How Australia Post Came To BeJune 20, 2014

Before e-mail, a letter is a means of communication.

Australia Post, which provides postal services in Australia and its overseas territories, will celebrate its 204th year of founding on June 23. On 1810, on that same date, Governor Lachlan Macquarie officially opened Australia's first postal office, which was significant for many reasons. One of which was the then colony of the British Empire was on its way to progress.

Back then, the state of affairs in New South Wales was in disarray. William Bligh, who was a key figure in the historic mutiny of HMS Bounty in 1789, was in another crisis, leading to the Rum Rebellion of 1808. He was ousted, again, with Macquarie replacing him. One of the first things that the British Army officer did was to transform New South Wales from a penal colony to a free settlement in able to play a major role in the shaping of Australian society in the early nineteenth century. One way to do it was to establish a postal service. It was essential, as Australia was halfway across the United Kingdom. Not that there were letters arriving from the continent, but there was mayhem when a ship (carrying a bagful of letters) arrived in Sydney, with unscrupulous locals taking other people's mails and selling it back to them. So the need for an orderly system.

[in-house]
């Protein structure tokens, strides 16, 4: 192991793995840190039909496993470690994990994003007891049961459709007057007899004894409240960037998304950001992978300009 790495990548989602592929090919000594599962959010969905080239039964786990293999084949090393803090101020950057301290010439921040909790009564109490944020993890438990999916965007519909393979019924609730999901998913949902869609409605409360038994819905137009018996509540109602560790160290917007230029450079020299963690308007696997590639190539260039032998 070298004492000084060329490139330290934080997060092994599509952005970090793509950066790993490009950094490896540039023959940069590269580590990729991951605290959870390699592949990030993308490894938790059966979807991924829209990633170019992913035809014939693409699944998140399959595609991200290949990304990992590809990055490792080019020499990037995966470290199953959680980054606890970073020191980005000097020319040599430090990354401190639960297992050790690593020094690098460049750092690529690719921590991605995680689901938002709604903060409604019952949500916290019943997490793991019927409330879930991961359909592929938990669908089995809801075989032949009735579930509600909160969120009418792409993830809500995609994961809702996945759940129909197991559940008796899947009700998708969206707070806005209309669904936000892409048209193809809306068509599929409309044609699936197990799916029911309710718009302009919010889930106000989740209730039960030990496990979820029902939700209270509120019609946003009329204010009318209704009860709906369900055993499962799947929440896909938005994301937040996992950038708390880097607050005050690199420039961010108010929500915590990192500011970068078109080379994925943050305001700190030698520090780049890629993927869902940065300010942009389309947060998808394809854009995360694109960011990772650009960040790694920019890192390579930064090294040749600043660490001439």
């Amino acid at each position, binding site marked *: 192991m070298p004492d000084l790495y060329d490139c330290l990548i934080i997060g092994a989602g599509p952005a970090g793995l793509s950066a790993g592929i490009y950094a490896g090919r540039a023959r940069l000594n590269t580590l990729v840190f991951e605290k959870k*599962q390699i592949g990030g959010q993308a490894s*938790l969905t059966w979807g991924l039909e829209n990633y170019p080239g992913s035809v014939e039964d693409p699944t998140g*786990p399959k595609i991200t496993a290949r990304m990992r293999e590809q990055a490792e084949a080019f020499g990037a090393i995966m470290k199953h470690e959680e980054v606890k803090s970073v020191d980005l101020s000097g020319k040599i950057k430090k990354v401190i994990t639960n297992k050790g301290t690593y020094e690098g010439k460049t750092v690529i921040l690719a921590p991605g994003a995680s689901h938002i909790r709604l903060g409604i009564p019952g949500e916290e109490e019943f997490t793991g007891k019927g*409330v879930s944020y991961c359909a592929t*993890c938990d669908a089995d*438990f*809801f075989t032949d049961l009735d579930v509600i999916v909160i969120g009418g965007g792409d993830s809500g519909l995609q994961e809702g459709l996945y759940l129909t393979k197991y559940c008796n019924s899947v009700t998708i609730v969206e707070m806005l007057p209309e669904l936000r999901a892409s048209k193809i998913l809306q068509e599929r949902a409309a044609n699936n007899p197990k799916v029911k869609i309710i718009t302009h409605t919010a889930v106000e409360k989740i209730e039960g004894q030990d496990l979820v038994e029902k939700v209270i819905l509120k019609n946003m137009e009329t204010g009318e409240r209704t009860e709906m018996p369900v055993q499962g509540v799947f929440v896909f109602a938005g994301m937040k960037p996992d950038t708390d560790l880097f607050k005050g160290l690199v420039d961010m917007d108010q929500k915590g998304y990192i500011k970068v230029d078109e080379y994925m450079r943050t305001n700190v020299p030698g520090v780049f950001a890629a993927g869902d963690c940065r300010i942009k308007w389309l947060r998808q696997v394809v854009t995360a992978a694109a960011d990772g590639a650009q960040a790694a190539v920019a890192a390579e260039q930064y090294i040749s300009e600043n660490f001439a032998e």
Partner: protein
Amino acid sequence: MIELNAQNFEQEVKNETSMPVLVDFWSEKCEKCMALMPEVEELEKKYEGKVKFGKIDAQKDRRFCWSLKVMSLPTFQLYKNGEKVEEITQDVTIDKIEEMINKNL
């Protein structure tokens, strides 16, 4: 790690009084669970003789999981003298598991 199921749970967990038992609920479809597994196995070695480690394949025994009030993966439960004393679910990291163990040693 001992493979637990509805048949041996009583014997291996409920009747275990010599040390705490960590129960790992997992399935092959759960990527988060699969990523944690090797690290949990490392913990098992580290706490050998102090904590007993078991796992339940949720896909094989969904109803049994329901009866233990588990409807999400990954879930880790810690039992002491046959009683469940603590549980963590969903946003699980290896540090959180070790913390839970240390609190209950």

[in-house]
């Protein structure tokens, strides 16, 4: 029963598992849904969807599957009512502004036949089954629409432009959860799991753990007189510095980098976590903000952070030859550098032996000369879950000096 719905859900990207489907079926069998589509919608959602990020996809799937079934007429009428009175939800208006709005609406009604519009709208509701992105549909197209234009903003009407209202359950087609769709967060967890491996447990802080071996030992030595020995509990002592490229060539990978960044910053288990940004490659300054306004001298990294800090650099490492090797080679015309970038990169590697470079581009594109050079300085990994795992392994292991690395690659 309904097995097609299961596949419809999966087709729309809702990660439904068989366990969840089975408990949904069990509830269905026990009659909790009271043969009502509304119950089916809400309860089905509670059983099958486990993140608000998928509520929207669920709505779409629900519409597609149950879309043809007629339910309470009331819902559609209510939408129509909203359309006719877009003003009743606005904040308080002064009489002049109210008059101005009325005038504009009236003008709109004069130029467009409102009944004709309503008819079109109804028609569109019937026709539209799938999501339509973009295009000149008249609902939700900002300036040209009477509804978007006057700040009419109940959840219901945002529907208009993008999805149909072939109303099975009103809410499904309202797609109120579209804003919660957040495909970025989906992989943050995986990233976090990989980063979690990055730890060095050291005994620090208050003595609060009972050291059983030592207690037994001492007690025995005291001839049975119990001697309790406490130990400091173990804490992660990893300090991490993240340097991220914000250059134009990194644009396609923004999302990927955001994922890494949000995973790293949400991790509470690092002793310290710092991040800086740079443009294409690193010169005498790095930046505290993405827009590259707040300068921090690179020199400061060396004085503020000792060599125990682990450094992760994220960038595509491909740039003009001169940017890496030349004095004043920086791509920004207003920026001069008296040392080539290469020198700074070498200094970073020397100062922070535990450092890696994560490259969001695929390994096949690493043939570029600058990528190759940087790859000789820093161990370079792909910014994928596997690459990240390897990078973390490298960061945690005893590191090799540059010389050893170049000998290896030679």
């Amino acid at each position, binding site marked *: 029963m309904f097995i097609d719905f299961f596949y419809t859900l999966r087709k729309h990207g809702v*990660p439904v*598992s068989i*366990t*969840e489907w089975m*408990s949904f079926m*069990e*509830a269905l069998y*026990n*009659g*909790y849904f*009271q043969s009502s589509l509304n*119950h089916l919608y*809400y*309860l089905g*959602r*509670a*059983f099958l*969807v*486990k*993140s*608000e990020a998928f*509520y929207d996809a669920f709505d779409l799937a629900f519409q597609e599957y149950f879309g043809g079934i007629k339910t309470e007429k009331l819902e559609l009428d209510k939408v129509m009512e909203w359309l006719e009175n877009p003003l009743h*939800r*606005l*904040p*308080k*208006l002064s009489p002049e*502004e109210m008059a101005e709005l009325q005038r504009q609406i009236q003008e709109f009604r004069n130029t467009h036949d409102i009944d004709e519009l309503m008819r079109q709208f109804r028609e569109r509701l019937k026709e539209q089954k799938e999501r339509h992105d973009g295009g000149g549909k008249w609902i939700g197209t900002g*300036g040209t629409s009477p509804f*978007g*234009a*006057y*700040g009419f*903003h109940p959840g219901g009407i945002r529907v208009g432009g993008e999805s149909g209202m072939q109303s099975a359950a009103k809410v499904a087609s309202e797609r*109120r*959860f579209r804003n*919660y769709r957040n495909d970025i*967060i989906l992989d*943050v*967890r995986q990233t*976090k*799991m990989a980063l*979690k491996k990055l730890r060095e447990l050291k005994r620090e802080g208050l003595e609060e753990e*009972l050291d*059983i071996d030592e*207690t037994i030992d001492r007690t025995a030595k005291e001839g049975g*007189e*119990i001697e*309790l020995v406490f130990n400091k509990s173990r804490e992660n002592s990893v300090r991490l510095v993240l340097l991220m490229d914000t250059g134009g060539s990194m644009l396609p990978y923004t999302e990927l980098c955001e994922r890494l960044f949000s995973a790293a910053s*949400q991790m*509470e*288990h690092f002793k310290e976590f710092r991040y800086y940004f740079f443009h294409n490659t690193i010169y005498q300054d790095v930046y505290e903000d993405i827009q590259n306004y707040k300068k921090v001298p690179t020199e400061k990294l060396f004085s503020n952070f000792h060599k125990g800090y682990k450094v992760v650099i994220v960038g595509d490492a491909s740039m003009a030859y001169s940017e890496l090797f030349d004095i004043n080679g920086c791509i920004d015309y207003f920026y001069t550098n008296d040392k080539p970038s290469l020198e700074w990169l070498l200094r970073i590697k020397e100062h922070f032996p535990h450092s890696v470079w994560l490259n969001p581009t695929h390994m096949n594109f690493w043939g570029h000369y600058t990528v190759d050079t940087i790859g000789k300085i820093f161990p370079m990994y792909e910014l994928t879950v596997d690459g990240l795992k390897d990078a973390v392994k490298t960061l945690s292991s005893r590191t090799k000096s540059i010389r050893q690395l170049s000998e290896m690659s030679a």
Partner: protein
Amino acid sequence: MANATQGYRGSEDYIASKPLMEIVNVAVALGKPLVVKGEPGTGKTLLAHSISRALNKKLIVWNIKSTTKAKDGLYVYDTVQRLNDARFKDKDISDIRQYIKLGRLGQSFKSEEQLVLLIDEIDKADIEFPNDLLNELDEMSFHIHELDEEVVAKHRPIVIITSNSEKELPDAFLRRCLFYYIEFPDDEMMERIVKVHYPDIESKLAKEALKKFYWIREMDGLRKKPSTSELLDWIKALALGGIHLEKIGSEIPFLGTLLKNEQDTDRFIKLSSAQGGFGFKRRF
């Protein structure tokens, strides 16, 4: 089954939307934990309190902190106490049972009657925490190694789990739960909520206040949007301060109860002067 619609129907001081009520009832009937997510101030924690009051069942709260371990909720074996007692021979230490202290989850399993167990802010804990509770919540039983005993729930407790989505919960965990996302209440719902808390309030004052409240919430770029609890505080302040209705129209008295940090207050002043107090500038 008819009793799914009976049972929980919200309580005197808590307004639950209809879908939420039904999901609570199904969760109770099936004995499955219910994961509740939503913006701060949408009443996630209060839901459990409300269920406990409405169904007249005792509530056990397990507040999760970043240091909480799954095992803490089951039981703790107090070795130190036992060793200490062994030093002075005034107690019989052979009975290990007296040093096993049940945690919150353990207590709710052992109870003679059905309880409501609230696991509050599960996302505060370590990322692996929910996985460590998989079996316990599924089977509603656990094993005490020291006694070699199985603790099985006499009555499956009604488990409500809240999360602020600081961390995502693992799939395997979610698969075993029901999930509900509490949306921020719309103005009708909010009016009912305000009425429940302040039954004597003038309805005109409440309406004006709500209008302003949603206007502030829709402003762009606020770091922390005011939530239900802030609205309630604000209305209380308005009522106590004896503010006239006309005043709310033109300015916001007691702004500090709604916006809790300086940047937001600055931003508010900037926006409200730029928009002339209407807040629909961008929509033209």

Isaac Nichols, an ex-convict (from the Third Fleet) turned businessman, was designated by Macquarie to be the first Postmaster, his home at George Street becoming the first post office in New South Wales. He advertised on The Sydney Gazette the names of the people who have mails. They must claim the letter by dropping by his house and pay a shilling. The more important inhabitants of the state will have their letters delivered by Nichols himself. It worked, but there were adjustments needed to be done months after it started.

A year after Nichols assumed his new post, the first postal office opened. Letters were carried on carriages, reaching to areas such as Windsor, Newcastle, and Liverpool. It would take three years before street posting boxes appeared and postmen became a common sight. The issuance of the first postage stamp followed.

Great Britain is the first nation to issue an adhesive postage stamp, the Penny Black. It is sought after by philatelists, as a mint condition of that small piece of paper has an estimated value of four million pounds. Not to be outdone, Australia released the first pictorial prepaid stamp, the Sydney Views, nine years later. Like the Penny Black, it's valuable even at its used condition. Then the Federation of Australia on 1901 changed the postal system, such that the era of Colonial Post Office would be replaced by a nationally-integrated system.

Nowadays, a stamp is becoming more of a collectible and writing letters a thing of the past. But Australia Post tries to keep snail mail alive, so that everyone won't forget a momentous occasion in Australian history.

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